Four major phylogenetic groups (A, B1, B2, and D) were identified in the ECOR phylogenetic tree by neighbor-joining analysis of MLEE using 38 loci (17) (Fig. (Fig.3).3). Four additional isolates (ECOR31, -43, -37, and -42) form a minor group (sometimes termed group E). Group A isolates (ECOR1 to -25) are thought to represent a distinct lineage comprising E. coli K-12 and isolates related to it (17). All five core OS types occur within group A, and the limited number of ECOR isolates with the K-12 core OS are confined to this group. The minor group (group E) also shows diversity in core OS type, with single isolates representing types R1, R2, R3, and R4. In contrast, the remaining groups show much less core OS diversity. Group B1 isolates contain primarily R1 (11 of 16; 68.8%) and R3 (5 of 16; 31.2%) core OSs. All of the isolates representing groups B2 and D have type R1 core OSs.

Distribution of the K-12 core OS type.

E. coli isolates with the K-12 core type occur relatively infrequently among natural populations of E. coli. The K-12 core OS type is confined to group A and is found in a total of four isolates (ECOR2, -3, -13, and -14) possessing serotypes O48, O1, OR, and O71, respectively. Common laboratory E. coli K-12 derivatives have R-LPS with the K-12 core OS, but analysis of the rfb (O-antigen biosynthesis) locus has shown that the original serotype of the K-12 lineage was O16 (24, 45). No members of the O16 serogroup were identified in the ECOR collection by serotyping (Fig. (Fig.3)3) so, to determine whether there was any correlation between the O16 antigen and the K-12 core OS, we examined several serogroup O16 isolates by PCR. Within this limited number of isolates, only one (serotype O16:K1:H4, strain C1812-80) with the K-12 core OS type was identified; the remaining five strains possessed R1 core OSs. As seen with some serotypes examined in the study by Gibb et al. (10), the same O antigen can occur in strains with different core OS types.

Prevalence of the R3 core type among VTEC isolates.

Many studies on the development of cross-reactive and cross-protective antibodies against E. coli core OSs have utilized LPS from strain J5 as an immunogen. The J5 strain is an R-LPS mutant that contains a truncated R3 core OS structure (12, 28). The parent of strain J5 belonged to serogroup O111, a common VT-positive serogroup of EHEC. To examine a possible correlation between the R3 core and O111 antigen, the core OS type of 15 field isolates of serogroup O111 was investigated. These isolates represent two different serotypes based on H antigens (O111:H8 and O111:H). All proved to be type R3 (Table (Table2).2). To investigate any association between the R3 core OS type and the VT-positive genotype, the analysis was expanded to include further VTEC isolates representing other serogroups. Overall, 54 of 65 (83.1%) VTEC isolates had the R3 core OS type. All 48 VT-positive human and animal isolates representing EHEC serogroups O26, O55, O91, O103, and O157 were core type R3 (Table (Table2).2). Furthermore, the R3 core OS was the most frequent among the selected animal VTEC isolates belonging to serotypes rarely associated with human illness (66.7%) (Table (Table2).2). Of the four other core OS types, R1 was the most common among the VTEC isolates tested (8 of 65; 12.3%) and R1 predominated in serogroups O113 and O145. The frequencies of core types R2, R4, and K-12 were 0 (0%), 1 (1.5%), and 2 of 65 (3.1%), respectively.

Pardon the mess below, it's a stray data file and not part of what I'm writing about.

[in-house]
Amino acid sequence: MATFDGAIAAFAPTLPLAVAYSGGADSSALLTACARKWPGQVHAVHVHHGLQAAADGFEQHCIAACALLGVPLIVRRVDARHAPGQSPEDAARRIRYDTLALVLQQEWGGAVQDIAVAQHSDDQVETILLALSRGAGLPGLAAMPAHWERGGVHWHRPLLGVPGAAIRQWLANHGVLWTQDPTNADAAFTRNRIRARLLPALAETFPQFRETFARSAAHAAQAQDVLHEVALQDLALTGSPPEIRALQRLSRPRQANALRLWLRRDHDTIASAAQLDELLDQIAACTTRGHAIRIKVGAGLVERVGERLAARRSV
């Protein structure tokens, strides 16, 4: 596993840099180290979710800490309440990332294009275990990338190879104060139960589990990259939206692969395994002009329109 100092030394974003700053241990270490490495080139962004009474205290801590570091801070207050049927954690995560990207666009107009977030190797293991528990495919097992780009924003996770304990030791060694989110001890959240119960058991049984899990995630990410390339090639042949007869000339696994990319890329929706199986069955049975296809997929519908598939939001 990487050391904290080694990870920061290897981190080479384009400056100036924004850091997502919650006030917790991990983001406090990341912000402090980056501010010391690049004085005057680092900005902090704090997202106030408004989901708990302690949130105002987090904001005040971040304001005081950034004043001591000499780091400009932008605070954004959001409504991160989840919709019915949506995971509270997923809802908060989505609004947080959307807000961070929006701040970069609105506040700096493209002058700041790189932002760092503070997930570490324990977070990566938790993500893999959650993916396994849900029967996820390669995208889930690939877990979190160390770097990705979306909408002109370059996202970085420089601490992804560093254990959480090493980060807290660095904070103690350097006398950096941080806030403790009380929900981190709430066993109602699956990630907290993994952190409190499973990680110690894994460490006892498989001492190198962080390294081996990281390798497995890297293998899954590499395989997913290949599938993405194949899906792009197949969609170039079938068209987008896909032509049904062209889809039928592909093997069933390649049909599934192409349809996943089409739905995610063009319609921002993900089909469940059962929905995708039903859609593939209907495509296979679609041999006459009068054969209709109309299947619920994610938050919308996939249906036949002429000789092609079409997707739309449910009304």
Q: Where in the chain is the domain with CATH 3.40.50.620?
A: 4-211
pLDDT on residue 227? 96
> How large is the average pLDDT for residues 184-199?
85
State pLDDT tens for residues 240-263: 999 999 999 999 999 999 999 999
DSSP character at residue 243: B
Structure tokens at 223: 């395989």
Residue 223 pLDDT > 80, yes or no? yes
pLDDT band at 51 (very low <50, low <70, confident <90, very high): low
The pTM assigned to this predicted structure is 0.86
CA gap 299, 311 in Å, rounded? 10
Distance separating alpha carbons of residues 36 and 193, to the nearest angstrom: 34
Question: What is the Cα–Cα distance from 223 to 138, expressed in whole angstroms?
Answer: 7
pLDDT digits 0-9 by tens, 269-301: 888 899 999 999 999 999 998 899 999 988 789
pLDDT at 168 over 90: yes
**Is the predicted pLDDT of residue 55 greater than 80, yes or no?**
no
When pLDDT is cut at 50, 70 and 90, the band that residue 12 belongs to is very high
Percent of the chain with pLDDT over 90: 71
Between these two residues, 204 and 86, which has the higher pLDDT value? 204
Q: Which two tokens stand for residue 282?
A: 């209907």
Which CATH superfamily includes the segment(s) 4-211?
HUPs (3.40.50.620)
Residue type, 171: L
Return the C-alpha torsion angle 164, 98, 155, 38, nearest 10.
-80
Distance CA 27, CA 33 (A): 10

TABLE 2
Core OS types in VTEC and non-VTEC isolates